You want to know the funniest thing is about looking back at Corel Linux 1.0, which I used when it was released in 1999, and a typical modern desktop Linux — say, Ubuntu 9.10? How much hasn’t changed.
It’s sort of like comparing the then-current Windows 98 Second Edition and today’s Windows 7: You wouldn’t doubt for a moment that the newer version is much more polished than the earlier edition, but you’d be able to get around in both operating systems and get work done.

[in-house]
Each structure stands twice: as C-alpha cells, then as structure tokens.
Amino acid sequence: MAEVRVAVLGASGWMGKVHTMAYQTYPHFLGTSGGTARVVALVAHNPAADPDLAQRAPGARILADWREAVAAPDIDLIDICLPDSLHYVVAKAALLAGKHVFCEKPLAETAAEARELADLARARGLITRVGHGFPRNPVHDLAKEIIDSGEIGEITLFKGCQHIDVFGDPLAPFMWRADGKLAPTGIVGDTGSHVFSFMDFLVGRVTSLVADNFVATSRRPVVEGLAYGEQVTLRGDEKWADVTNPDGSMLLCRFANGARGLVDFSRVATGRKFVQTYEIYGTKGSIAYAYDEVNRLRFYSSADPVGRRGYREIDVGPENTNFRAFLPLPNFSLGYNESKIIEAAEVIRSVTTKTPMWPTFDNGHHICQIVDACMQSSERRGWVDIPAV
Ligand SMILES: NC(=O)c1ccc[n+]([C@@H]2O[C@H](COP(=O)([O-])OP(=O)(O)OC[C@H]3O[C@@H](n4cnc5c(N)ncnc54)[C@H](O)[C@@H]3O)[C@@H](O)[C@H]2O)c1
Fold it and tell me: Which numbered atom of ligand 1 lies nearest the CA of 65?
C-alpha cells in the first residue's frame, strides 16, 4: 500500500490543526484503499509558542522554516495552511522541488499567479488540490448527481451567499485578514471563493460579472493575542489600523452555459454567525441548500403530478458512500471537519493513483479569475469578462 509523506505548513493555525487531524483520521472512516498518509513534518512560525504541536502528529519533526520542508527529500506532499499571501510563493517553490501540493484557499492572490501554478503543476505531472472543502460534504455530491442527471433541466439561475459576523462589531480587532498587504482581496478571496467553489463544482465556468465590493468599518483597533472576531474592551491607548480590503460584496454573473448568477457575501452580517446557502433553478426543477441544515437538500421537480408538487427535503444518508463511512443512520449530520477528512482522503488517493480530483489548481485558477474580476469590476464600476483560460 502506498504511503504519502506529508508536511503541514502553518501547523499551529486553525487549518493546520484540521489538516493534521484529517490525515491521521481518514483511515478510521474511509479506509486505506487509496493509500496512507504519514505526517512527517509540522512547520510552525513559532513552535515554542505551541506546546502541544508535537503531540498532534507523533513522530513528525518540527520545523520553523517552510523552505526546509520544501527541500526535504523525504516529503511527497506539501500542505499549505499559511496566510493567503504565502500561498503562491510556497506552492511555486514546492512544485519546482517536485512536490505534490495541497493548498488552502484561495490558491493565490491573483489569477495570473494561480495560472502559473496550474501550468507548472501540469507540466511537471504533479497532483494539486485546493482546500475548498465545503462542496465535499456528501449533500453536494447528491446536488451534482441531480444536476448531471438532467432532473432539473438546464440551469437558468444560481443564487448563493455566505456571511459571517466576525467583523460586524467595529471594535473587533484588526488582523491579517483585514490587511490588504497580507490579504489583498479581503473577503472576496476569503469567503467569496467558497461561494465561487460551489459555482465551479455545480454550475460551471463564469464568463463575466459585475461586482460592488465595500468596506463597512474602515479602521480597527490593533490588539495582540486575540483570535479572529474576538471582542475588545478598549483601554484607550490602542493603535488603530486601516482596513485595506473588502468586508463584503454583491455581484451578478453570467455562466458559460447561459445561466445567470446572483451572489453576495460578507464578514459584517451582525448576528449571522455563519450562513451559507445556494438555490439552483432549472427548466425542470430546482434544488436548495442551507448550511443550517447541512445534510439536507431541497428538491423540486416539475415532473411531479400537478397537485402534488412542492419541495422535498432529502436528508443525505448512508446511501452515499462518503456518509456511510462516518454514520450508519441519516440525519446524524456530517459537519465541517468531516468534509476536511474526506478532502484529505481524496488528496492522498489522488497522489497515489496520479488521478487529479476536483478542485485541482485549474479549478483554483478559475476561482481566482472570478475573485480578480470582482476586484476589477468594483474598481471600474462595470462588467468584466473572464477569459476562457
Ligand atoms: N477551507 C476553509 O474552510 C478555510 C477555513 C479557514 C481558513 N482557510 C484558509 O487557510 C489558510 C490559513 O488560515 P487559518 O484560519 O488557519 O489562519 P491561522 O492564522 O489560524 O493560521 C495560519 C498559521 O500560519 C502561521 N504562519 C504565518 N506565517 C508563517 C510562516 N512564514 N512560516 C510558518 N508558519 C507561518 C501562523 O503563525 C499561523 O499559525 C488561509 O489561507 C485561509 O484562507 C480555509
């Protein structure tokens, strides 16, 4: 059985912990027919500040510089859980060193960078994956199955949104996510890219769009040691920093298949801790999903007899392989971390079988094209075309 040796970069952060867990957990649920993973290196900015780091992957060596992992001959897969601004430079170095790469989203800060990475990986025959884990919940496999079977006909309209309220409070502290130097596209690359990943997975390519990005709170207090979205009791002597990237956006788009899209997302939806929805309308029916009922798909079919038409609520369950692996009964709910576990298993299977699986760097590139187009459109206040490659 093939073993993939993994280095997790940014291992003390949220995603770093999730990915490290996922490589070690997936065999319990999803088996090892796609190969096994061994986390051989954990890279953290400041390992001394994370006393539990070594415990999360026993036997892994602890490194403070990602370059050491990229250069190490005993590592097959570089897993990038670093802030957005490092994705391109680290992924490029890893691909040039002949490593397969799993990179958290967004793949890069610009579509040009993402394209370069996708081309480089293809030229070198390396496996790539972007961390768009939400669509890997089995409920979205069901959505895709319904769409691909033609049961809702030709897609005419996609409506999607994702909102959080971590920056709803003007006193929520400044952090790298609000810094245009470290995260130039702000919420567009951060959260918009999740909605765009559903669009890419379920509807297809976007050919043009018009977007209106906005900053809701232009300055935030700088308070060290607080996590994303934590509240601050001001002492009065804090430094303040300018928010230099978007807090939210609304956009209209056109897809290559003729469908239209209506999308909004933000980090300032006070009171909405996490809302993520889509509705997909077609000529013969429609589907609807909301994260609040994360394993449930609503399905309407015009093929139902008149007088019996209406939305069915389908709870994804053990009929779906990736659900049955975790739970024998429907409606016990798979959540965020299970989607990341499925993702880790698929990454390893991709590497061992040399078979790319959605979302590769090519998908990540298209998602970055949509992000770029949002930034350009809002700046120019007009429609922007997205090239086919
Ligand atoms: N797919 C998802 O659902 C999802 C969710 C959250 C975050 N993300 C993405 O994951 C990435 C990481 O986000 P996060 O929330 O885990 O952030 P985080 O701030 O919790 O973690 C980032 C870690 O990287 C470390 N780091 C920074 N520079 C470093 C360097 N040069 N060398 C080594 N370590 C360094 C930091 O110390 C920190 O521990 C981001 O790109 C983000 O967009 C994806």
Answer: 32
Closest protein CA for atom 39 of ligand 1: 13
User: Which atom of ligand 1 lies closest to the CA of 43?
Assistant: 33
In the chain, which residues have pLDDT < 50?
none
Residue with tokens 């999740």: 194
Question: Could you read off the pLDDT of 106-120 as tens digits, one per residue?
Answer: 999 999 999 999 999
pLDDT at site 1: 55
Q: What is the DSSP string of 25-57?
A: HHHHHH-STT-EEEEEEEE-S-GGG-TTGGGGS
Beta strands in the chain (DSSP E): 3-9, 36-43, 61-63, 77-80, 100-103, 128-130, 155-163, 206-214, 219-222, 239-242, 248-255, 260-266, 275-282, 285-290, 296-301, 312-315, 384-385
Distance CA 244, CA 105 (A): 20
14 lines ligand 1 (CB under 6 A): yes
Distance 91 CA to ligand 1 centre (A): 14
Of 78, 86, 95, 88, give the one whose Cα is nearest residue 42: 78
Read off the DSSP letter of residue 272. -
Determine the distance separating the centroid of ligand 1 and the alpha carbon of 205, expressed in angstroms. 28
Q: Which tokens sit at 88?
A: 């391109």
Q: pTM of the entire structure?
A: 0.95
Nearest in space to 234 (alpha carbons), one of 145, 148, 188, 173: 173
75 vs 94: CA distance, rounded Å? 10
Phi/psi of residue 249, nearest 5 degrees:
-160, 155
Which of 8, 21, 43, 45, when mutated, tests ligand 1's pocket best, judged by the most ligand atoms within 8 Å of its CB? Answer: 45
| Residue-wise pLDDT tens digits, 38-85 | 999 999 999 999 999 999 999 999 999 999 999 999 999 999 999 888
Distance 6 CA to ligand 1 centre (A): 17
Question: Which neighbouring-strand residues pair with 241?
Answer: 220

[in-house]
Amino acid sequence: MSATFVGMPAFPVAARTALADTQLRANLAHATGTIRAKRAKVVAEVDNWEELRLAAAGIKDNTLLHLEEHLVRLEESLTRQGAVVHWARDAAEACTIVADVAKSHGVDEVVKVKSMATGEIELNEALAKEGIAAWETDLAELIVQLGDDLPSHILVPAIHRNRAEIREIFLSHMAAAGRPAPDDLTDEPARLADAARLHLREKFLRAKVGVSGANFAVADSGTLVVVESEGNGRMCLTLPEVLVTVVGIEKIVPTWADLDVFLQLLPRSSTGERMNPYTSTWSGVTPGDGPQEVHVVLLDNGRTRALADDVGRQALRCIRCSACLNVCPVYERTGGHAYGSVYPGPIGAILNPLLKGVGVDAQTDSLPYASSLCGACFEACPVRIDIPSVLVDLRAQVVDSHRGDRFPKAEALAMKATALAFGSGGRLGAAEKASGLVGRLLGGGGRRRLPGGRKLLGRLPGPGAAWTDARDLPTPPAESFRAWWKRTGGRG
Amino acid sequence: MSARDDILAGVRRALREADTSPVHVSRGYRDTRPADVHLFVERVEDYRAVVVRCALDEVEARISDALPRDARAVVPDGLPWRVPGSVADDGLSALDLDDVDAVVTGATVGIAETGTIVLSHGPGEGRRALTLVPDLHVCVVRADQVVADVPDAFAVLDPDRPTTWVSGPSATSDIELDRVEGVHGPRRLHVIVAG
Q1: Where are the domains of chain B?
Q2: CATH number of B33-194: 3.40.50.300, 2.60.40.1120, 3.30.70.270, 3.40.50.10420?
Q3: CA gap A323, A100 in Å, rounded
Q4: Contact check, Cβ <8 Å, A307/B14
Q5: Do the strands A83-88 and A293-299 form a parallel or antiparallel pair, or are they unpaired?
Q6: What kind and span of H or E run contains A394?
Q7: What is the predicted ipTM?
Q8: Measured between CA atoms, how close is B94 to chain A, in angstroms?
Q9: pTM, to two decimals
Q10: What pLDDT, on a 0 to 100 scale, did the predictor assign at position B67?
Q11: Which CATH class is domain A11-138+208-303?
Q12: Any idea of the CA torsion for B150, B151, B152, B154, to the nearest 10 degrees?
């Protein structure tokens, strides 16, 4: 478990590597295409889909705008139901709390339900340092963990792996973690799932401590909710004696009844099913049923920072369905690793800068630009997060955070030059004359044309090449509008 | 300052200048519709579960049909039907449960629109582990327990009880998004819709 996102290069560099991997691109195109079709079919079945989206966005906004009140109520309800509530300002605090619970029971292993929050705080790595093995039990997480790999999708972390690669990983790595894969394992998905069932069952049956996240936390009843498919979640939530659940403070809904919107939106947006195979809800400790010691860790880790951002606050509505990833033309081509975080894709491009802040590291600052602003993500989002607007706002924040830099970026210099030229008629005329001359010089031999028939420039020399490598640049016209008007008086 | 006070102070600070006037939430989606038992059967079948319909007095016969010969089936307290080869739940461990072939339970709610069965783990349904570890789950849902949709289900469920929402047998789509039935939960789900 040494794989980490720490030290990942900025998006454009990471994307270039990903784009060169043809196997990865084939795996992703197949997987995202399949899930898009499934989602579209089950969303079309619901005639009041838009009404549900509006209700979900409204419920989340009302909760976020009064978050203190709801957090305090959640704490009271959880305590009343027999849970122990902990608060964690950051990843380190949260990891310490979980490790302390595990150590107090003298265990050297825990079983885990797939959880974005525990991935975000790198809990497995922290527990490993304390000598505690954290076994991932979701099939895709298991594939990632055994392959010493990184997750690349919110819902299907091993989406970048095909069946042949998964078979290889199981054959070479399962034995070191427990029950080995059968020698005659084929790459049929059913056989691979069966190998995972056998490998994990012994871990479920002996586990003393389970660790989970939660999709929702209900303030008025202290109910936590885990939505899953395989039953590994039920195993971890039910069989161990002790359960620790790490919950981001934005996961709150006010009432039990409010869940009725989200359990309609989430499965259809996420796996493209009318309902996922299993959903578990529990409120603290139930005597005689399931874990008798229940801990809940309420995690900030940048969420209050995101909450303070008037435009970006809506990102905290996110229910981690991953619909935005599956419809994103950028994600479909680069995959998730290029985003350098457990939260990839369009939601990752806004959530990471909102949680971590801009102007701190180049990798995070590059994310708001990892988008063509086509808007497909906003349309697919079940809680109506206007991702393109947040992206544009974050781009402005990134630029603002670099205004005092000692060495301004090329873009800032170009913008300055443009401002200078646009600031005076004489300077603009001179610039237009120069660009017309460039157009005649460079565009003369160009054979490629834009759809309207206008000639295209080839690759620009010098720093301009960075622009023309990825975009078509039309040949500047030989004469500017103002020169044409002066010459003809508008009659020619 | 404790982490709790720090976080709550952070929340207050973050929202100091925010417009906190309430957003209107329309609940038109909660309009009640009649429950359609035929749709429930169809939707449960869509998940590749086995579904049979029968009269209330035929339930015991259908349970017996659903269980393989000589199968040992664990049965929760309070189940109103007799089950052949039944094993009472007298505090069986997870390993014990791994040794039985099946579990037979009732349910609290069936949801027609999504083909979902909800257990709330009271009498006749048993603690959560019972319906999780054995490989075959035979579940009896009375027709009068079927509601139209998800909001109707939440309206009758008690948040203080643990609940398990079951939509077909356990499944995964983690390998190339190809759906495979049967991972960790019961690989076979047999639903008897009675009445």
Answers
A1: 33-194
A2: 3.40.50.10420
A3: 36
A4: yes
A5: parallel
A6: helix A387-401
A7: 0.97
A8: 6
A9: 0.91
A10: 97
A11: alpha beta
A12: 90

What’s far more striking than the differences between, say, Corel’s early and crude KDE interface and Ubuntu’s slick GNOME 2.28 front end is the abundance of finished applications. For example, for practical purposes your only choice back in 1999 for Linux Web browsers was Netscape or a terminal-based browser like Lynx. Today you have your pick of Firefox, Chrome, Opera … heck, thanks to Wine you can even run Internet Explorer on Linux if you really had to.
No, major software vendors like Adobe haven’t brought over flag-ship programs like Photoshop to Linux, but they have brought over their applications that are used almost daily by most users such as Adobe Flash.